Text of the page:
EXPERIMENTATION | Internet and Telecom: A Brief History

Experimentation is at the root of technological success. Technological success forges reality from fantasy or the fantasy remains just that— an idea with little or no value other than personal satisfaction.

Add a note hereExperimentation with telephony and radio proceeded almost in parallel. Bell’s invention of the telephone took place around 1875 to 1876 when he built models and demonstrated technical feasibility. His early working samples enabled people to talk to each other over wire conductors across distances that far exceeded the range of direct human speech and hearing. Experimental development would continue throughout the late 1800s and into the 20th century as patents were granted and the first services became available.

Add a note hereFrom the start, the telephone industry was dependent on lines, simply two pair of wires connecting two telephone instruments. Over time, it became obvious that if all the lines were connected to a single, centralized location where any telephone user could be connected to any other user on demand, service and usefulness would be greatly improved. With this capability, the central office (CO) came into being.

Add a note hereTen to twelve years after Bell’s initial experiments, Guglielmo Marconi read about and began experimenting with Hertz’ work with electromagnetic waves. Marconi believed that magnetic waves could free telegraphy from the constraints of wire and cable. After significant development work in the 1880s, and a convincing demonstration of sending signals over water between the shore and an island in Bristol Channel 8.7 miles distant, he changed the name of his company, ‘‘Wireless Telegraph and Signal, Ltd.’’ to ‘‘The Marconi Wireless Telegraph Co. Ltd.’’ He received an English patent on the wireless in 1896.

Add a note hereFarnsworth and Zworykin conceived television in the early 1900s. However, neither knew of the others work, and it was well into the 1930s before serious experimentation was started on today’s so-called ‘‘analog’’ television system. Radio had become a commercial success both in terms of broadcasting and receiver manufacturing. In addition, the art and science of broadcasting audio or speech using electromagnetic waves was well known. Most of the experimentation was about getting pictures—‘‘video’’ over the same medium.

Add a note hereEarly telephone companies built and installed lines by stringing wires on poles or other convenient supporting structures where the right to use could be arranged. The poles or rights to use other supporting structure might be owned by the same company or by another entity. Over time, a collection of groups of private lines grew across the city and landscape. Ownership and rights to use these assets were traded, bought, sold, and bartered. Companies went into and got out of the business. Some succeeded while others failed.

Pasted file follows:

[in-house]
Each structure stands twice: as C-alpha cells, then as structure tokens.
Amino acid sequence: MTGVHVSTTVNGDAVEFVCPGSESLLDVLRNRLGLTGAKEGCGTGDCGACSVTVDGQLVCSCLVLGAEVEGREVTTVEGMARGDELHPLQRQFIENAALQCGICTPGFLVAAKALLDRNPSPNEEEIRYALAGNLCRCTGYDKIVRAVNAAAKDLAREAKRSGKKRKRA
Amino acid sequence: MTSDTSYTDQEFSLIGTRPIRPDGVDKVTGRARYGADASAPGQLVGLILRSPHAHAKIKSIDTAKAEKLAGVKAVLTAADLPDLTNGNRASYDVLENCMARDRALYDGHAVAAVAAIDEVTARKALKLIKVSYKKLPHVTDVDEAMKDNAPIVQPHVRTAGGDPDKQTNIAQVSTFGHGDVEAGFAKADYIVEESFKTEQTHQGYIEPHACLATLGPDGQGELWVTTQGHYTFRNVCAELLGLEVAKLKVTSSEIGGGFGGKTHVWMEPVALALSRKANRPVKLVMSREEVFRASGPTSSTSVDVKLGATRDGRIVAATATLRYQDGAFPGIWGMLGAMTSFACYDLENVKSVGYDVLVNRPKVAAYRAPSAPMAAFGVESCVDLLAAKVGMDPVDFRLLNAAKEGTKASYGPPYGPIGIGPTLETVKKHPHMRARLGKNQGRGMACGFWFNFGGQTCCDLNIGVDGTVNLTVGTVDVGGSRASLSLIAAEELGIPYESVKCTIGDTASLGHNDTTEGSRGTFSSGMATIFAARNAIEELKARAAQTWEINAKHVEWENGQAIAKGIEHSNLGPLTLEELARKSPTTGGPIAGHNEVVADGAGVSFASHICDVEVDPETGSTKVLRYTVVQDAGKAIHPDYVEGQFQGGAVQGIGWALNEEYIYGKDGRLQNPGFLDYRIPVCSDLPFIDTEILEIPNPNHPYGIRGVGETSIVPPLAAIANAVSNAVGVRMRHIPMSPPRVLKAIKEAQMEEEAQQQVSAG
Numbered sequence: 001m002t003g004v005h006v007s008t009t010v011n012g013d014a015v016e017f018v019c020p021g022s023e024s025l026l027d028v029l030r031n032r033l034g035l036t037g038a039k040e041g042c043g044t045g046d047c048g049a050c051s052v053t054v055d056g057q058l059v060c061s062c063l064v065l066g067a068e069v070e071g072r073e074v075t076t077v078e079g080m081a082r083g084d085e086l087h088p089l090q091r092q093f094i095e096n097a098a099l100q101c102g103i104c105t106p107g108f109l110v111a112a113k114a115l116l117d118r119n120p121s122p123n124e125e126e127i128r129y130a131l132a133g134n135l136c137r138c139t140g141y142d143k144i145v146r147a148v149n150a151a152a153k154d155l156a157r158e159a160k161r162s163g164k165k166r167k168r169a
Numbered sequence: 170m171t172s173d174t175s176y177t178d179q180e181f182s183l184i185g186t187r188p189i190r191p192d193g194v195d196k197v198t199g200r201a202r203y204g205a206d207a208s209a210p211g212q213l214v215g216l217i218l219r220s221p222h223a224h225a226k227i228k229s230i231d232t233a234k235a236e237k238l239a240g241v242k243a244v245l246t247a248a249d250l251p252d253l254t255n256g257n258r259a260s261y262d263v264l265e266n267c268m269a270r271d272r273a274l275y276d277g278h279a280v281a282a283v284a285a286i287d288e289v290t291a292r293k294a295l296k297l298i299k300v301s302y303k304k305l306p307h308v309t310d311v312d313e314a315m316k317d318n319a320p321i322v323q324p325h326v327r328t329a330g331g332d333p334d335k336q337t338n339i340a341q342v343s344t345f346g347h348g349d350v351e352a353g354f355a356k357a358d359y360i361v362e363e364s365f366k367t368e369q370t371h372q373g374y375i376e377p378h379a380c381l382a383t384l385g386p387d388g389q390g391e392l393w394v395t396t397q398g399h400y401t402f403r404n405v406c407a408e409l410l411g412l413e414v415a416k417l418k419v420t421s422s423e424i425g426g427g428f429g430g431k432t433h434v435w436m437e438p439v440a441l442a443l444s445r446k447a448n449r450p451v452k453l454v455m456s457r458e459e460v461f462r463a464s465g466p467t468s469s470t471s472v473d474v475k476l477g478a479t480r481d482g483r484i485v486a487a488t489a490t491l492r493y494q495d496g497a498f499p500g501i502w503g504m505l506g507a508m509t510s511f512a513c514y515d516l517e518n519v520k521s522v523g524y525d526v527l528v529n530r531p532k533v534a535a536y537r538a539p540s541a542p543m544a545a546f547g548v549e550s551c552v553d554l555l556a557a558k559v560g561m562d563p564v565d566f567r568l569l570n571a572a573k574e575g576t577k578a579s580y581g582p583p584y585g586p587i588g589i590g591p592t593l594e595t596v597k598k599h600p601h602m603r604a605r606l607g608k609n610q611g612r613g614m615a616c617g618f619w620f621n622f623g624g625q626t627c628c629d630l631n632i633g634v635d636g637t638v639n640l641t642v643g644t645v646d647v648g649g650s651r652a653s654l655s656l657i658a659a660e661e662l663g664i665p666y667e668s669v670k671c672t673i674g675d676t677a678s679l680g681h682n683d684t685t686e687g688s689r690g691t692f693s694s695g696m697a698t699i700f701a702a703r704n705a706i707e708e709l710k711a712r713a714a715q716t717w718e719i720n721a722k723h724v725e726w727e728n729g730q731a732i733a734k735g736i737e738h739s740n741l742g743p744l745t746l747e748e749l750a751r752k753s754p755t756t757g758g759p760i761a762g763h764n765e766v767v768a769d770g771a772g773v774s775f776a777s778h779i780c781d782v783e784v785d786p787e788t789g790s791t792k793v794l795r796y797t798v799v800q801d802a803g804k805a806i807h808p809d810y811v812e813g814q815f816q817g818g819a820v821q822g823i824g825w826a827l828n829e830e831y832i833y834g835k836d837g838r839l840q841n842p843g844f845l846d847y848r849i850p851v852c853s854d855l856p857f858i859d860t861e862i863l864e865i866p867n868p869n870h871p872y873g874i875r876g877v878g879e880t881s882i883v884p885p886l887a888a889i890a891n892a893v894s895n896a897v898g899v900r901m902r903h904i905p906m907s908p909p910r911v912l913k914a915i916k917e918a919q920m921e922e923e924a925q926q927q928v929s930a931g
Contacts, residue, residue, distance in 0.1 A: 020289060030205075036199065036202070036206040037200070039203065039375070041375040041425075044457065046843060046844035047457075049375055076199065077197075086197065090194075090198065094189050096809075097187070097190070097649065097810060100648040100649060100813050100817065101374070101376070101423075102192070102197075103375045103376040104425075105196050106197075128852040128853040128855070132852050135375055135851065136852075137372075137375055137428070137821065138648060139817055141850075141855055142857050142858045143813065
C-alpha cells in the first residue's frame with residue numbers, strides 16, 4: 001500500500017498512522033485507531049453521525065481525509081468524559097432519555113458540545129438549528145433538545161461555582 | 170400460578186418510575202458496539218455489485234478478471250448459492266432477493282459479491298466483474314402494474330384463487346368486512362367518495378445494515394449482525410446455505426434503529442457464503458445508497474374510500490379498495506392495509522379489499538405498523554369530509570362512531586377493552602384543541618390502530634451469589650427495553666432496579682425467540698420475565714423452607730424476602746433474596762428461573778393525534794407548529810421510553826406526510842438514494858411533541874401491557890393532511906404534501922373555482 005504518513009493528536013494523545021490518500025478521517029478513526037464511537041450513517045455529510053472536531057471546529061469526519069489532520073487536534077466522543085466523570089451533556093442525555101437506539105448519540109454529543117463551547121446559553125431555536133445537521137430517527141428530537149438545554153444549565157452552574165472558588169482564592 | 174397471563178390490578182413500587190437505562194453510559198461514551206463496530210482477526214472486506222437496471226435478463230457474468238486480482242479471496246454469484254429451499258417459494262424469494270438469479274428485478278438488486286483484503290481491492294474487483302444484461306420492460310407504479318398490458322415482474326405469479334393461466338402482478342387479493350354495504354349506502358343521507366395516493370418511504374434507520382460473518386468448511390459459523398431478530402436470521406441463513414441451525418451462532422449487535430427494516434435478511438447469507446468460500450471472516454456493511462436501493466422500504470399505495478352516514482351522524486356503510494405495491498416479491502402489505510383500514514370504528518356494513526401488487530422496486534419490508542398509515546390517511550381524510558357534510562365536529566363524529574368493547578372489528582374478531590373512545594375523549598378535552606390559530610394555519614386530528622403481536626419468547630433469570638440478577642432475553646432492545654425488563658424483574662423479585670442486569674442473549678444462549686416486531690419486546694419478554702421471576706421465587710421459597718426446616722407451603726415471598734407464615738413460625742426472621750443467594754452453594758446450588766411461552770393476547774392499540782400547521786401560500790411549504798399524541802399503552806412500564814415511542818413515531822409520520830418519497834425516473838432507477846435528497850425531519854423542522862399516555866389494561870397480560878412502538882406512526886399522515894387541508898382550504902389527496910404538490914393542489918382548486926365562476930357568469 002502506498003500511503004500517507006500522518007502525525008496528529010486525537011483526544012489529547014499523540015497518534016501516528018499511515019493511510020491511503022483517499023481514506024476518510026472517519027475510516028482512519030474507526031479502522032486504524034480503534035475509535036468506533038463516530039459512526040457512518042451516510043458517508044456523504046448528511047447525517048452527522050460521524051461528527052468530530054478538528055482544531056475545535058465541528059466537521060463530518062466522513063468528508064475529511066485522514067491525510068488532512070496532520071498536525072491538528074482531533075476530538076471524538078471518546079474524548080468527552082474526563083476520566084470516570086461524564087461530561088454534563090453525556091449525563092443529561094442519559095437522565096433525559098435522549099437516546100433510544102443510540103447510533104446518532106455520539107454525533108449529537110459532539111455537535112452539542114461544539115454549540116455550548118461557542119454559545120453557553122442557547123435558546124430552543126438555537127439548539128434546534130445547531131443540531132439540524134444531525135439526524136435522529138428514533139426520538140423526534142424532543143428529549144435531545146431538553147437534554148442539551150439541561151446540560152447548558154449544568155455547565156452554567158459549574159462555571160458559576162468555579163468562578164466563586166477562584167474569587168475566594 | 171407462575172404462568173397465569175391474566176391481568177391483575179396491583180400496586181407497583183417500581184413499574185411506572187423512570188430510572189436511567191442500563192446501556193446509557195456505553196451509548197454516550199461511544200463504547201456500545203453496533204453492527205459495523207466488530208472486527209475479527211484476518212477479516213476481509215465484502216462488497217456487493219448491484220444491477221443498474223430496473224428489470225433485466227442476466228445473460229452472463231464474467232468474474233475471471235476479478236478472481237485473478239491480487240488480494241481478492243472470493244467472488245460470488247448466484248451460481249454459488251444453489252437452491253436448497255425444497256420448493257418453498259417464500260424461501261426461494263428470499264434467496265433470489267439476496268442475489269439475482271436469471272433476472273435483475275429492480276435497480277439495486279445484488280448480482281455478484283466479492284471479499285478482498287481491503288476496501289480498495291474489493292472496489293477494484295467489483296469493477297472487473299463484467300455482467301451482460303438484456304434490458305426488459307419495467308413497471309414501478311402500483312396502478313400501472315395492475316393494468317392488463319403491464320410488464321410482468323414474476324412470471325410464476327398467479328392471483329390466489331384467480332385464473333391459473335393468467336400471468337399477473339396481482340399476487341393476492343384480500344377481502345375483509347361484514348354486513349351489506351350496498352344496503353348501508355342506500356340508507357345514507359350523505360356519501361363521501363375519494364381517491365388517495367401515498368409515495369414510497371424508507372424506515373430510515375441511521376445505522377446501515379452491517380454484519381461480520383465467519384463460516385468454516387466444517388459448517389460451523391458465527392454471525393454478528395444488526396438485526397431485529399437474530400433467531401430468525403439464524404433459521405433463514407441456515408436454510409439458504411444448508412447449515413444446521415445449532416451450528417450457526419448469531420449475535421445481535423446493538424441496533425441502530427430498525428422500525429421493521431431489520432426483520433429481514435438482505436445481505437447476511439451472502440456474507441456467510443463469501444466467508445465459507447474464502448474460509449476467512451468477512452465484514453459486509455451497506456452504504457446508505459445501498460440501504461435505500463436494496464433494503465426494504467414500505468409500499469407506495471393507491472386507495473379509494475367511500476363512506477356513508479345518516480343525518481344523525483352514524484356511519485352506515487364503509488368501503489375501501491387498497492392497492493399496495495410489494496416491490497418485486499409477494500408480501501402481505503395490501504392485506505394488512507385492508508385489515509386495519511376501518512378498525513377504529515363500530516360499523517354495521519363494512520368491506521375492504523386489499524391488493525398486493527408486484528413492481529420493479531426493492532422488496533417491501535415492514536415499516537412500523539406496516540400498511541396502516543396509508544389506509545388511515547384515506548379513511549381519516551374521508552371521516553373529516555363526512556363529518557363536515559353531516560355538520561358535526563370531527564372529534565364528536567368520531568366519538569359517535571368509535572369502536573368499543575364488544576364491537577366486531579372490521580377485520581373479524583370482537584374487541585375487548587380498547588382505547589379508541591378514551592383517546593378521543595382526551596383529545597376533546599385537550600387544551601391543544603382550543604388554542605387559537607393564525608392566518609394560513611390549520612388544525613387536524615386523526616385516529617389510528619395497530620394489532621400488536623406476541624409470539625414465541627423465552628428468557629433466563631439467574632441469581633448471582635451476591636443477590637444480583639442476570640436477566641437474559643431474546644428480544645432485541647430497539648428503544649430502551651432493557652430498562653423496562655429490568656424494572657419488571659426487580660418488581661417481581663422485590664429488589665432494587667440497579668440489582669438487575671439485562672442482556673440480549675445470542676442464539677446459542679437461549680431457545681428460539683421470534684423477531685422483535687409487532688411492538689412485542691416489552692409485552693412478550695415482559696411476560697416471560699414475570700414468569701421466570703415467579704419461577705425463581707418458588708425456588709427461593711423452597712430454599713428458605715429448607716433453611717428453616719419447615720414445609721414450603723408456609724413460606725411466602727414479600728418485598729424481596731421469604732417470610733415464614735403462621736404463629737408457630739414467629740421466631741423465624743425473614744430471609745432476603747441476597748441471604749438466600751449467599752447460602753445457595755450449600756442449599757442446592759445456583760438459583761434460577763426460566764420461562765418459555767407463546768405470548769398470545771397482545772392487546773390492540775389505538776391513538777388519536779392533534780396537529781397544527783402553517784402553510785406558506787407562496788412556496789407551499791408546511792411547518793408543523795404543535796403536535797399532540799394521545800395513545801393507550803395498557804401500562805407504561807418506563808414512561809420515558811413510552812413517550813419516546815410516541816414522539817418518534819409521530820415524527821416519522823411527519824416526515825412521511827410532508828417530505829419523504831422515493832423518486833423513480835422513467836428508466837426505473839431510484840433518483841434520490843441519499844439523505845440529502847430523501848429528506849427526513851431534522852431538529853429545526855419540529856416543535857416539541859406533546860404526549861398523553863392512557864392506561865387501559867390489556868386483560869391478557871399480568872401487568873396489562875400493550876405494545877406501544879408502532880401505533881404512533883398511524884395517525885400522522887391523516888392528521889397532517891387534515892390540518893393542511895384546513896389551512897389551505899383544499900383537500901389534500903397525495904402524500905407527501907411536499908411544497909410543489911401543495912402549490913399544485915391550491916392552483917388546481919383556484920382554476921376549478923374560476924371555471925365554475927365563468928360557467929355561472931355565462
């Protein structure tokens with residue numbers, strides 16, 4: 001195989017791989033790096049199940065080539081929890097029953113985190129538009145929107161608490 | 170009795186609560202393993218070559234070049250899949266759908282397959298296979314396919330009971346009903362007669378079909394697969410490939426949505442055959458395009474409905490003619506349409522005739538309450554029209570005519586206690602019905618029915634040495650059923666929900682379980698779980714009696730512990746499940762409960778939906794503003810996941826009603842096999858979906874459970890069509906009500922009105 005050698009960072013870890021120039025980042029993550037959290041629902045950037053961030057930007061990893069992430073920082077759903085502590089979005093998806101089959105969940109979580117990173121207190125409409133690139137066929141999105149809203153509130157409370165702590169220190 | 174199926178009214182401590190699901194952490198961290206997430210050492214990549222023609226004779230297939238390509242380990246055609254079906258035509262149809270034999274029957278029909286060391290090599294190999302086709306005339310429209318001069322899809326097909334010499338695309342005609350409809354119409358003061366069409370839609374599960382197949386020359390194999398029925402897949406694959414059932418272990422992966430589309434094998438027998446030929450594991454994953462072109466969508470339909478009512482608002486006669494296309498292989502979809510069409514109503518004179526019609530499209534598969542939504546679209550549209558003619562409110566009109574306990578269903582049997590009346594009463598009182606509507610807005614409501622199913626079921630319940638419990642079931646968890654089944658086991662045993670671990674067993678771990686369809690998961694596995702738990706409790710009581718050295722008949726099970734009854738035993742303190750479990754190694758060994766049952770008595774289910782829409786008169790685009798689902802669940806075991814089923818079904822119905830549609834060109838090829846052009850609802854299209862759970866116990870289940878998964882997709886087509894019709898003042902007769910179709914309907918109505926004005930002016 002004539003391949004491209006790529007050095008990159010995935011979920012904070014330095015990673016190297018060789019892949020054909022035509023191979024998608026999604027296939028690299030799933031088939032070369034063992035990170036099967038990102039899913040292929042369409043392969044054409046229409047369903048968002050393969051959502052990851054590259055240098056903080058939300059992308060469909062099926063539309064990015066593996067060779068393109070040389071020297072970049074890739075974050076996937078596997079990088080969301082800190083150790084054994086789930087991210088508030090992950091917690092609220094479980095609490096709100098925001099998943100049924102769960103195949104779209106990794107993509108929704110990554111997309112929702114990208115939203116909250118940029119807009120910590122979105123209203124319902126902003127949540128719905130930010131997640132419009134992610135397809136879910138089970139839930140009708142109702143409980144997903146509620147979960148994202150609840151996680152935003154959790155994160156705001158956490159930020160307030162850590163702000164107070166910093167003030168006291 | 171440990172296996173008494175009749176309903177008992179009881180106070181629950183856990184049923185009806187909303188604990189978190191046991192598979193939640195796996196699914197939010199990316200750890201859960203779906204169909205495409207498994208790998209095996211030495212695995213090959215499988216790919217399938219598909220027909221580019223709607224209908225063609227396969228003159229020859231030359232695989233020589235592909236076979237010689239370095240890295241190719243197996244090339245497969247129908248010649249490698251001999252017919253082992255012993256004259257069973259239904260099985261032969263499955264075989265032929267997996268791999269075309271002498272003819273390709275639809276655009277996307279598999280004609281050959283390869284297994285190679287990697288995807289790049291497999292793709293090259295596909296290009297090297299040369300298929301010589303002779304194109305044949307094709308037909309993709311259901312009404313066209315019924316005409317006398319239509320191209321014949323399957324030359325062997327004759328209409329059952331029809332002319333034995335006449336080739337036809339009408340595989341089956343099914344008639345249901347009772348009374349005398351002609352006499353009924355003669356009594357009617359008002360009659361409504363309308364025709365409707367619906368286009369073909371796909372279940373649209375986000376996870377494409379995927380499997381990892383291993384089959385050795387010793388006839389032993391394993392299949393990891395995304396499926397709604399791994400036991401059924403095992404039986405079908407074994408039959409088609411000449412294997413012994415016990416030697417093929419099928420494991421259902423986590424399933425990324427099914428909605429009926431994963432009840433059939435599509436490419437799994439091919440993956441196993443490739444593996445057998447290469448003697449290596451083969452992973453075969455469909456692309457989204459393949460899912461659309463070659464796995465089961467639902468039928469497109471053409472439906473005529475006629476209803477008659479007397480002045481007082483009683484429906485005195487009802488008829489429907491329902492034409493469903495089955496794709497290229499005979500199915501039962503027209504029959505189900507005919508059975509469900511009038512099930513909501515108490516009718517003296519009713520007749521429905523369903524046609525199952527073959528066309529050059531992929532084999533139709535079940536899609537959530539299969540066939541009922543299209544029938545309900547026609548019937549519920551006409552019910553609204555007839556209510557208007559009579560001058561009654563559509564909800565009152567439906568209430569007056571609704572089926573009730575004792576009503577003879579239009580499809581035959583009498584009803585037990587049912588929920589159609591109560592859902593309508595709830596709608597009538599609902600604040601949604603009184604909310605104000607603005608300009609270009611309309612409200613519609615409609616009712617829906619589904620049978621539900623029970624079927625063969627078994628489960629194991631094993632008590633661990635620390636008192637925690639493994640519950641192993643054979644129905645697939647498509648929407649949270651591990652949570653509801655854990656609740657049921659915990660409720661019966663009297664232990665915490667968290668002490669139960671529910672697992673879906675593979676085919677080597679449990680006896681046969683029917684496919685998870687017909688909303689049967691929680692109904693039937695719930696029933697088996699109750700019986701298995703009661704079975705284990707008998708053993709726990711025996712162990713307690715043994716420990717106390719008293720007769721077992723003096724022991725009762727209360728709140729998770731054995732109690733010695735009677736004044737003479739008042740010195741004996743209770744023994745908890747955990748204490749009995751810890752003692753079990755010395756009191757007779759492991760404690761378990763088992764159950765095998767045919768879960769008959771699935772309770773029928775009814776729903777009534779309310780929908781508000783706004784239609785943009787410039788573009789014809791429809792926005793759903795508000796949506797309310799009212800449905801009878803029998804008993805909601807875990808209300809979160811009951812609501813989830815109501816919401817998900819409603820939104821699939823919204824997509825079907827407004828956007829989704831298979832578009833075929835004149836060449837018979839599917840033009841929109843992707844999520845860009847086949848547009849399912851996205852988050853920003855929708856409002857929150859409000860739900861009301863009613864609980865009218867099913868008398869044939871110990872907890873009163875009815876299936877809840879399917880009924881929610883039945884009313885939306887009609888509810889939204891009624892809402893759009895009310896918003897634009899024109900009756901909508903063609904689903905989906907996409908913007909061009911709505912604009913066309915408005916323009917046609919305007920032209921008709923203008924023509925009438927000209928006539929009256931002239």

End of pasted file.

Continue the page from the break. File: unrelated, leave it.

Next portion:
Add a note hereTelephone lines were similar to the lines used by telegraph operators to transmit messages using a code conceived by Samuel B. Morse in the early 1800s.

Add a note hereTelegrams—written messages—were the end result of a process that started with a spoken or written message given to a telegraph operator who encoded it into dots and dashes and sent it to another telegraph operator using a telegraph key. The second operator received the dots and dashes, decoded it, wrote it out on paper, and delivered or had it delivered by a third party to the person or entity it was intended for.
Add a note hereTelegraphy was adopted by the railroads. Their rights-of-way easily and conveniently supported cross-country, intrastate, and interstate lines. Command and control of trains as well as switching trains to other tracks with speed and efficiency couldn’t be accomplished without telegraphy. Can you imagine what it might be like to dispatch and control trains with messages delivered by the Pony Express? Over time, this capability migrated to public use in exchange for money and became a commercial business. In similar fashion, the telegraph key and typewriter were motorized and morphed into the Teletype machine and eliminated the need for the skilled Morse Operator. The Teletype machine spawned Telex (international) and TWX (Domestic) services that lasted well into the 1980s when they were largely replaced by facsimile technology standardized by the CCIT (later renamed ITU).

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